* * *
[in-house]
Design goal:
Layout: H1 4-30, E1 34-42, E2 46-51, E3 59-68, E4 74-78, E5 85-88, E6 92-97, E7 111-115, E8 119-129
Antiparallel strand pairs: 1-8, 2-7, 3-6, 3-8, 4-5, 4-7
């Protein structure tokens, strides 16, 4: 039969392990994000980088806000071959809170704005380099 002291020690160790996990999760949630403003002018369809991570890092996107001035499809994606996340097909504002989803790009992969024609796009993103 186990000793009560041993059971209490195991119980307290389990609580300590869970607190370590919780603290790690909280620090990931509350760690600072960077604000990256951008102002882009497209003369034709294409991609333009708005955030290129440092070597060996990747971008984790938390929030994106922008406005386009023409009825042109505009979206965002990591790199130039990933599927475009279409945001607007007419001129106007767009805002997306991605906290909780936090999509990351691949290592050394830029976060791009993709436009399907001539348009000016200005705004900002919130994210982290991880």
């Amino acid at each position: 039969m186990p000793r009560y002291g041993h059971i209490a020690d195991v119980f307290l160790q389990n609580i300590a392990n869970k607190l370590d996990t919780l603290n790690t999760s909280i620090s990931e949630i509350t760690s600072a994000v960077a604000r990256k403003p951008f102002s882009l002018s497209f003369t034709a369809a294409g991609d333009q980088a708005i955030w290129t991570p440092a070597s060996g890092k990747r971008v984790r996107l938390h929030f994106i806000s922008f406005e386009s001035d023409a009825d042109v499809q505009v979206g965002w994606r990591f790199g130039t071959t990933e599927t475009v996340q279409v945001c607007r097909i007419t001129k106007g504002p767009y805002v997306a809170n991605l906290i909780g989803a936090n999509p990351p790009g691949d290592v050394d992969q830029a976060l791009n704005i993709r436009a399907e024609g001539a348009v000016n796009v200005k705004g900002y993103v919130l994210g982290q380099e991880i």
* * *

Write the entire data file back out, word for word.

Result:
[in-house]
Design goal:
Layout: H1 4-30, E1 34-42, E2 46-51, E3 59-68, E4 74-78, E5 85-88, E6 92-97, E7 111-115, E8 119-129
Antiparallel strand pairs: 1-8, 2-7, 3-6, 3-8, 4-5, 4-7
């Protein structure tokens, strides 16, 4: 039969392990994000980088806000071959809170704005380099 002291020690160790996990999760949630403003002018369809991570890092996107001035499809994606996340097909504002989803790009992969024609796009993103 186990000793009560041993059971209490195991119980307290389990609580300590869970607190370590919780603290790690909280620090990931509350760690600072960077604000990256951008102002882009497209003369034709294409991609333009708005955030290129440092070597060996990747971008984790938390929030994106922008406005386009023409009825042109505009979206965002990591790199130039990933599927475009279409945001607007007419001129106007767009805002997306991605906290909780936090999509990351691949290592050394830029976060791009993709436009399907001539348009000016200005705004900002919130994210982290991880």
């Amino acid at each position: 039969m186990p000793r009560y002291g041993h059971i209490a020690d195991v119980f307290l160790q389990n609580i300590a392990n869970k607190l370590d996990t919780l603290n790690t999760s909280i620090s990931e949630i509350t760690s600072a994000v960077a604000r990256k403003p951008f102002s882009l002018s497209f003369t034709a369809a294409g991609d333009q980088a708005i955030w290129t991570p440092a070597s060996g890092k990747r971008v984790r996107l938390h929030f994106i806000s922008f406005e386009s001035d023409a009825d042109v499809q505009v979206g965002w994606r990591f790199g130039t071959t990933e599927t475009v996340q279409v945001c607007r097909i007419t001129k106007g504002p767009y805002v997306a809170n991605l906290i909780g989803a936090n999509p990351p790009g691949d290592v050394d992969q830029a976060l791009n704005i993709r436009a399907e024609g001539a348009v000016n796009v200005k705004g900002y993103v919130l994210g982290q380099e991880i």